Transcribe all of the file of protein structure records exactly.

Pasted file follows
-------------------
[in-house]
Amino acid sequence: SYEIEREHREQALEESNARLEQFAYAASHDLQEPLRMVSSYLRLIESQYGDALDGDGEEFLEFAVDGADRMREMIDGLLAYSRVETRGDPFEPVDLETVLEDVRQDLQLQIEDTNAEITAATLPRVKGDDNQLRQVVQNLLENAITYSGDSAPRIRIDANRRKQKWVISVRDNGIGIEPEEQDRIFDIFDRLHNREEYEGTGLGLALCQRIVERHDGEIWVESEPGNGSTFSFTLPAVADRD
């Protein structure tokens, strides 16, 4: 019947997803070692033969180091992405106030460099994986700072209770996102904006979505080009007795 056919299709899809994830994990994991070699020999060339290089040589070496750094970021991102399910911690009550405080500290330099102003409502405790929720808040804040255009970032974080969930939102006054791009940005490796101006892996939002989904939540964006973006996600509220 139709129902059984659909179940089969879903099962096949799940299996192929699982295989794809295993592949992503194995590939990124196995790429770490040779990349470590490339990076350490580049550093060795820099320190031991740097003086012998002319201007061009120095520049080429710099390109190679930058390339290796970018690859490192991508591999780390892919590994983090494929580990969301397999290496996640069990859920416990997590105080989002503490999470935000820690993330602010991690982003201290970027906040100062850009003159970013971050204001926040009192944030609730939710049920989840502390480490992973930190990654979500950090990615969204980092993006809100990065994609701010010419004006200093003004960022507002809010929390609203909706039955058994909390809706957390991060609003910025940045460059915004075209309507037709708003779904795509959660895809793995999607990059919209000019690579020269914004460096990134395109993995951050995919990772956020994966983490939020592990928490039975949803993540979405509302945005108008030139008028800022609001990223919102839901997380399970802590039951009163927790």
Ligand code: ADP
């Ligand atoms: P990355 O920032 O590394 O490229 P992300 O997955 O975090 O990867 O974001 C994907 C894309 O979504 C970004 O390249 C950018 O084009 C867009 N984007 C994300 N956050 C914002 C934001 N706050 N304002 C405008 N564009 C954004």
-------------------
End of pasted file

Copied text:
[in-house]
Amino acid sequence: SYEIEREHREQALEESNARLEQFAYAASHDLQEPLRMVSSYLRLIESQYGDALDGDGEEFLEFAVDGADRMREMIDGLLAYSRVETRGDPFEPVDLETVLEDVRQDLQLQIEDTNAEITAATLPRVKGDDNQLRQVVQNLLENAITYSGDSAPRIRIDANRRKQKWVISVRDNGIGIEPEEQDRIFDIFDRLHNREEYEGTGLGLALCQRIVERHDGEIWVESEPGNGSTFSFTLPAVADRD
């Protein structure tokens, strides 16, 4: 019947997803070692033969180091992405106030460099994986700072209770996102904006979505080009007795 056919299709899809994830994990994991070699020999060339290089040589070496750094970021991102399910911690009550405080500290330099102003409502405790929720808040804040255009970032974080969930939102006054791009940005490796101006892996939002989904939540964006973006996600509220 139709129902059984659909179940089969879903099962096949799940299996192929699982295989794809295993592949992503194995590939990124196995790429770490040779990349470590490339990076350490580049550093060795820099320190031991740097003086012998002319201007061009120095520049080429710099390109190679930058390339290796970018690859490192991508591999780390892919590994983090494929580990969301397999290496996640069990859920416990997590105080989002503490999470935000820690993330602010991690982003201290970027906040100062850009003159970013971050204001926040009192944030609730939710049920989840502390480490992973930190990654979500950090990615969204980092993006809100990065994609701010010419004006200093003004960022507002809010929390609203909706039955058994909390809706957390991060609003910025940045460059915004075209309507037709708003779904795509959660895809793995999607990059919209000019690579020269914004460096990134395109993995951050995919990772956020994966983490939020592990928490039975949803993540979405509302945005108008030139008028800022609001990223919102839901997380399970802590039951009163927790």
Ligand code: ADP
């Ligand atoms: P990355 O920032 O590394 O490229 P992300 O997955 O975090 O990867 O974001 C994907 C894309 O979504 C970004 O390249 C950018 O084009 C867009 N984007 C994300 N956050 C914002 C934001 N706050 N304002 C405008 N564009 C954004």